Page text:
“Stric” (“The Uncle”)
Director: David Kapac, Andrija Mardešić
Croatia, Serbia, world premiere
Yugoslavia, late 1980s. Parents and son are hastily making the final preparations for Christmas Eve dinner. Their beloved uncle will be turning up from Germany any minute now. But, hang on, are things really as they seem? An unnerving debut à la Haneke that cleverly balances on the edge of farce and oppressive thriller while ingeniously toying with narrative structure.

“Tinnitus”
Director: Gregorio Graziosi
Brazil, world premiere
If film geometry were a field of study, then this aesthetic “figure” from Brazil would deserve special attention. A sports drama and fanciful “body thriller” in one, the film tells the story of Marina, who competes in synchronized diving events. However, an attack of tinnitus – an unbearable ringing sound in the ears – drags her from the top of her game to the edge of madness.

“Zkouška umění” (“ART Talent Show”)
Director: Tomáš Bojar, Adéla Komrzý
Czech Republic, world premiere
Artistic endeavor isn’t about competing; even so, applicants still have to be placed in order of merit at the academy’s entrance exams. But how do you assess artistic talent? And what role can art play in today’s world? A layered, observational documentary that presents a portrait of an institution and a light generational statement in one.

“Zoo Lock Down”
Director: Andreas Horvath
Austria, world premiere
The pandemic brought society to a standstill, but from an animal’s perspective the world didn’t change that much. Unless, of course, you live in a zoo. What was life like in the Salzburg zoo when no visitors were allowed? Microstories from the pavilions, enclosures, and terraria, told with Horvath’s typical sense of humor.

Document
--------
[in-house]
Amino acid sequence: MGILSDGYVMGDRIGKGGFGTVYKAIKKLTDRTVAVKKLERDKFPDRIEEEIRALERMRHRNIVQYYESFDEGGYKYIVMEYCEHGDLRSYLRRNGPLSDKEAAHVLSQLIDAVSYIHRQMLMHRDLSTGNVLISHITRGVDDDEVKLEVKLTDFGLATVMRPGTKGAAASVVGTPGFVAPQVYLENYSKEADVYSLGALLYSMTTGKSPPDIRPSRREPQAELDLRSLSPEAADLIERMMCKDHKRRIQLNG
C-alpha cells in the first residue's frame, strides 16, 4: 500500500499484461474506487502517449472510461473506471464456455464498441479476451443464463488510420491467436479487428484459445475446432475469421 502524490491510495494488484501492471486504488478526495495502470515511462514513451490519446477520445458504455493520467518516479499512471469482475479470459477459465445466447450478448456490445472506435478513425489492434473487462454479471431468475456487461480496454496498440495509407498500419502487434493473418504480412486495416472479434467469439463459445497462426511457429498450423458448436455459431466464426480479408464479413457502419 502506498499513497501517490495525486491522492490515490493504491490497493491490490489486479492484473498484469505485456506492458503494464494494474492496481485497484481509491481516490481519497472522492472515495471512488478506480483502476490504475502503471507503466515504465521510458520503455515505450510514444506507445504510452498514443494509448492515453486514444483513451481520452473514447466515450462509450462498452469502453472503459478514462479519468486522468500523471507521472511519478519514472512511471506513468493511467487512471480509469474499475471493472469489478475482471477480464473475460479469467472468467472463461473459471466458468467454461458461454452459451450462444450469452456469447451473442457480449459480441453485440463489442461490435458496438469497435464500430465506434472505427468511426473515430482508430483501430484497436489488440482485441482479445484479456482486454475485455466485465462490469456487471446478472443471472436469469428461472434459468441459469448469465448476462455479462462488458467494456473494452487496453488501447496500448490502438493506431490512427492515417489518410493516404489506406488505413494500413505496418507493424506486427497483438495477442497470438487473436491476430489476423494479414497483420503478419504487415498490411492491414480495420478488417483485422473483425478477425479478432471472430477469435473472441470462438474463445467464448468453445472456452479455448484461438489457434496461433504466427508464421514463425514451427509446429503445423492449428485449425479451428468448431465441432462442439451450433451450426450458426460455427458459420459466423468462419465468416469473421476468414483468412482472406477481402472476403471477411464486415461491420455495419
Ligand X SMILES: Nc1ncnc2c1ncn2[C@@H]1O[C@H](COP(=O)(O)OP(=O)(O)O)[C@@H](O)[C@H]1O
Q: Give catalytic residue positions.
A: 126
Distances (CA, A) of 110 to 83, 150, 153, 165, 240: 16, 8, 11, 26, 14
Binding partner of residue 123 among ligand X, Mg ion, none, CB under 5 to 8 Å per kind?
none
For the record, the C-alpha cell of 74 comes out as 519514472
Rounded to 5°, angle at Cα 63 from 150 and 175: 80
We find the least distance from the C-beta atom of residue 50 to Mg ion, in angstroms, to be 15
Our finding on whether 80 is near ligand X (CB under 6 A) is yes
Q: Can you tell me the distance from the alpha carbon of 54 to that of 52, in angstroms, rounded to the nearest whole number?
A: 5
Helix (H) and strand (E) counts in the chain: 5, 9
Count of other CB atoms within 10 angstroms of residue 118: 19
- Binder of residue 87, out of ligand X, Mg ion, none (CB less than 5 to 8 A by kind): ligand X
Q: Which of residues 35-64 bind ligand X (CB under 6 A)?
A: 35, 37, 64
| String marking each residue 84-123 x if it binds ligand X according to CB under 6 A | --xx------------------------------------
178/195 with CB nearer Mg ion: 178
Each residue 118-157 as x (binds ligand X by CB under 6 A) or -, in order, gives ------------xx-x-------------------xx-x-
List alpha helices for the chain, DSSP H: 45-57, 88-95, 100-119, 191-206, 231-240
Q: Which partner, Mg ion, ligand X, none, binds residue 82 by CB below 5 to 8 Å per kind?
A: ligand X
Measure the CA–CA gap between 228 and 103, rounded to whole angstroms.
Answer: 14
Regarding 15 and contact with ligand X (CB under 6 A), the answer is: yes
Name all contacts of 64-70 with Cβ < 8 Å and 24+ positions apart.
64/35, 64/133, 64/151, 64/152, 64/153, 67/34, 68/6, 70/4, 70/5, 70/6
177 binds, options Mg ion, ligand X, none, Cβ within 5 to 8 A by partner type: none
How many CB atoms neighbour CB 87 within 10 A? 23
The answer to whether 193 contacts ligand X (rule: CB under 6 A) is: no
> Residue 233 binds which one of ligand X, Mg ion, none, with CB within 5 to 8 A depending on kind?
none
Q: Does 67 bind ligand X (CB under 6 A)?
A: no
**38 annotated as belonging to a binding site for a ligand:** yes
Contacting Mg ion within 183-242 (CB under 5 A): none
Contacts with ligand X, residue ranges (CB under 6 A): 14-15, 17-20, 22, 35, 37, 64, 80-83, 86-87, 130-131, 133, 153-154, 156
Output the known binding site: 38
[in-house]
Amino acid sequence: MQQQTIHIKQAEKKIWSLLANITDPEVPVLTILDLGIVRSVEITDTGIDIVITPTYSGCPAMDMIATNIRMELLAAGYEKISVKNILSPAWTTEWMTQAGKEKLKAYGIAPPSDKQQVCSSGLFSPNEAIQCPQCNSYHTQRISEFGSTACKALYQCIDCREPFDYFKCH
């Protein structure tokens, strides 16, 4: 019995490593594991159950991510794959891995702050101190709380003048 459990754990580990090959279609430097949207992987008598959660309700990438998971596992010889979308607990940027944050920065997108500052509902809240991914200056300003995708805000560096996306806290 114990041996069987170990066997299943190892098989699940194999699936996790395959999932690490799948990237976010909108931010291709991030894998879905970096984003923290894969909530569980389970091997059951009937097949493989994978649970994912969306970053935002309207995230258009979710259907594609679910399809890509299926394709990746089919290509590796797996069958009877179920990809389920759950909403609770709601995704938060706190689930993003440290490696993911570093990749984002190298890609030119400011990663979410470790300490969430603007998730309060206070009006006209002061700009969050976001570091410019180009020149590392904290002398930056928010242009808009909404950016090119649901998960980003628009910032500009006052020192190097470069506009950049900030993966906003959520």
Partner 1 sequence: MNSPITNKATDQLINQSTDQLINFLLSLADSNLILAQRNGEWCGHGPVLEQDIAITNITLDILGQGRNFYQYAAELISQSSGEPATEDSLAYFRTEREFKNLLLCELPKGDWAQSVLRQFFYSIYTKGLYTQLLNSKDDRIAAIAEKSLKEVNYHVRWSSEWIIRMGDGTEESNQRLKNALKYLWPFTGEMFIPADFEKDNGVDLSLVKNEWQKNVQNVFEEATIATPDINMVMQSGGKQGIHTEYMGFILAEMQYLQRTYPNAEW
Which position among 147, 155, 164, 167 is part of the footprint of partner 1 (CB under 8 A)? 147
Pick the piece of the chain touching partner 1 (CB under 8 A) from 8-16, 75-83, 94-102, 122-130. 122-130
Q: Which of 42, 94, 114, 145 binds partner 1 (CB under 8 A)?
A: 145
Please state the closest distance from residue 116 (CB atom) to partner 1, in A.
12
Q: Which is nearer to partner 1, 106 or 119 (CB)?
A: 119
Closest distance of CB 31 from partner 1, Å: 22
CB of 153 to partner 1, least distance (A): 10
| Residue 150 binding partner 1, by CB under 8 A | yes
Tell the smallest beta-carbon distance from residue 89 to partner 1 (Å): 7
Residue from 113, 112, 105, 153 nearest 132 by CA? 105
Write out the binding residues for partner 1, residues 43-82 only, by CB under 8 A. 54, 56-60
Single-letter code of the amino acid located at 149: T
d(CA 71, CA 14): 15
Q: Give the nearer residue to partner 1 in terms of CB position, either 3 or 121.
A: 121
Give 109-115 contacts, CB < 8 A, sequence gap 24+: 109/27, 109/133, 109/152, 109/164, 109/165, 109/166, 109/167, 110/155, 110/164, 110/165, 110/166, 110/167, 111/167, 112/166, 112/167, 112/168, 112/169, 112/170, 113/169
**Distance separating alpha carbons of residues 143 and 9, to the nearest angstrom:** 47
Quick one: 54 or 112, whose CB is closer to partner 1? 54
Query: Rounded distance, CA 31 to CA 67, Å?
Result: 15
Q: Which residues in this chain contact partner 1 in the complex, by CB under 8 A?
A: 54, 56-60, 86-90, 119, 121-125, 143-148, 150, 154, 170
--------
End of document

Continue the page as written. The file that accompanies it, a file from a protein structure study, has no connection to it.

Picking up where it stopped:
SPECIAL SCREENINGS
“BANGER.”
Director: Adam Sedlák
Czech Republic, world premiere
“Dude, do you have any idea how hard it is to get yourself among the top players?” says Láďa to his best friend Alex, who is determined to record a hit with an established rapper. When it finally looks like he might get his chance, a small problem presents itself: it costs a ton of money and Alex just gave up dealing. And so begins an adrenaline ride filled with rap and drugs.

Lazy loaded image
Courtesy of Karlovy Vary Film Festival

“June Zero”
Director: Jake Paltrow
U.S., Israel, world premiere
This thrilling yet, at its core, empathetic and humanist film looks at the infamous trial of Adolf Eichmann, the architect of the mass extermination of Jews during the Second World War. Depicting the events preceding Eichmann’s execution, it approaches the Nazi criminal through the eyes of three participants in these events.

“The Killing of a Journalist”
Director: Matt Sarnecki
Denmark, U.S., Czech Republic, European premiere
In February 2018 Slovakia was shaken by the cold-blooded murder of investigative journalist Ján Kuciak and his fiancée. This Danish documentary coproduction unravels the tentacles of the Slovak mafia and much else besides, and this from a valuable foreign perspective. The appalling story is reminiscent of the plot from a sophisticated thriller, although the sad fact remains that the reality itself was and still is just as barbaric.

“Mein Vater, der Fürst” (“My Father, The Prince”)
Director: Lukas Sturm, Lila Schwarzenberg
Austria, Czech Republic, world premiere
An intimate portrait of the relationship between Karel Schwarzenberg, a key figure of the post-November 1989 era, and his daughter Lila Schwarzenberg. The fascinating discussions, filmed over a period of five years, also open up uncomfortable, controversial themes, such as the complex process of growing up in the shadow of a charismatic father, moreover, under the weight of aristocratic traditions and customs.